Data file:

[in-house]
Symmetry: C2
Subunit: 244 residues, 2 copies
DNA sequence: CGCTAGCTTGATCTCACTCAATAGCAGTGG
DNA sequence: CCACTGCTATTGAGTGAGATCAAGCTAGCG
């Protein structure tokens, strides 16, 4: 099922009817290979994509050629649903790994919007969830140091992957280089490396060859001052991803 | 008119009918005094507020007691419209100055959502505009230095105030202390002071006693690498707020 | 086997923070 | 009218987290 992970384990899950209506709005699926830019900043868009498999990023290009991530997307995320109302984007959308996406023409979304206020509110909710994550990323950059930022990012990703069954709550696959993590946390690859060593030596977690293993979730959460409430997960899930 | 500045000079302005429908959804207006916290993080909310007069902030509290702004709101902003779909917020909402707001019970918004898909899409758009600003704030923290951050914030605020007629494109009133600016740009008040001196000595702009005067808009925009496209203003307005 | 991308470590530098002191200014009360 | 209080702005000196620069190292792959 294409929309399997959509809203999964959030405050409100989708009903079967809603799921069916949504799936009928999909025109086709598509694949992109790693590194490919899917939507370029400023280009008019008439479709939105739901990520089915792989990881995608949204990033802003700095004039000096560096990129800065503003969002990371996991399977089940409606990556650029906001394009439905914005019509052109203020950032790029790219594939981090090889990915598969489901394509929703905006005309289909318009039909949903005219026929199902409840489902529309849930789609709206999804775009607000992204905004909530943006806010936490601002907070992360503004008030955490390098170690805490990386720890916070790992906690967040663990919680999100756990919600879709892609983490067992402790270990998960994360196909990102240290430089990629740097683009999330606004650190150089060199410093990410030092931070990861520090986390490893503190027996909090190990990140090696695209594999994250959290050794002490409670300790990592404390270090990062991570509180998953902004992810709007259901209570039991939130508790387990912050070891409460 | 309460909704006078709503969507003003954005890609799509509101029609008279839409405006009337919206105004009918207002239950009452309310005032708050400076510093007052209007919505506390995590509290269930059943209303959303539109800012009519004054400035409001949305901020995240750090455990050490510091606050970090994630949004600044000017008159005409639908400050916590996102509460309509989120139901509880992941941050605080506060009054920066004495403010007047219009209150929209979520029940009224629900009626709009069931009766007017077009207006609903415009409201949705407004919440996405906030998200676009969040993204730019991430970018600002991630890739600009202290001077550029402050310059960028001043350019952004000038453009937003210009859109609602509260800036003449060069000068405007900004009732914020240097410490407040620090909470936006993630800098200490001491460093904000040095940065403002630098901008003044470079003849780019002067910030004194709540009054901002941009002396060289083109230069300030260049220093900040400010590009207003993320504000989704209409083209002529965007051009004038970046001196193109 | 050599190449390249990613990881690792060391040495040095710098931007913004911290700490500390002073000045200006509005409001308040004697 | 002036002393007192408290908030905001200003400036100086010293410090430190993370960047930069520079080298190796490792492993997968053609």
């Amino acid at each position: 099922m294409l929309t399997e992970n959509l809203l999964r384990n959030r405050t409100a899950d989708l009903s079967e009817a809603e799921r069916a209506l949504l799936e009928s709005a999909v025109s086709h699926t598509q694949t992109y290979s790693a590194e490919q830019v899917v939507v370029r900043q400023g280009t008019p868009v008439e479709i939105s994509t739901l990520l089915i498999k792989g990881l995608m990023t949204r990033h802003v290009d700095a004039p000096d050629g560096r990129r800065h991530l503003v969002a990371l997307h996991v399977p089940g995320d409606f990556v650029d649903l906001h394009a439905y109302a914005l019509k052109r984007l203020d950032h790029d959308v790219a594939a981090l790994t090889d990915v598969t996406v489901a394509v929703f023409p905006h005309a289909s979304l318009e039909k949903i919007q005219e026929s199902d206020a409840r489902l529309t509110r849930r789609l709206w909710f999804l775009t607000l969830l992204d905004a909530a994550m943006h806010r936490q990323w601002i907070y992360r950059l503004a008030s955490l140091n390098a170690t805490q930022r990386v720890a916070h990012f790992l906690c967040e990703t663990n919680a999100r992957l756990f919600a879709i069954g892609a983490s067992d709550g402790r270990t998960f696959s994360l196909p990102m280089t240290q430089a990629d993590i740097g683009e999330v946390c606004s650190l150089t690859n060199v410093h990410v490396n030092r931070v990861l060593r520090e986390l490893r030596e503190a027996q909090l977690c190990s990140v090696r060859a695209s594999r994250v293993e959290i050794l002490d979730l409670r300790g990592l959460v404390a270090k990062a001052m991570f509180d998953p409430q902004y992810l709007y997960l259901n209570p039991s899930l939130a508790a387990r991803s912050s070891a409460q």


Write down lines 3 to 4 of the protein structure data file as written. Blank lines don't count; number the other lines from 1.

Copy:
Subunit: 244 residues, 2 copies
DNA sequence: CGCTAGCTTGATCTCACTCAATAGCAGTGG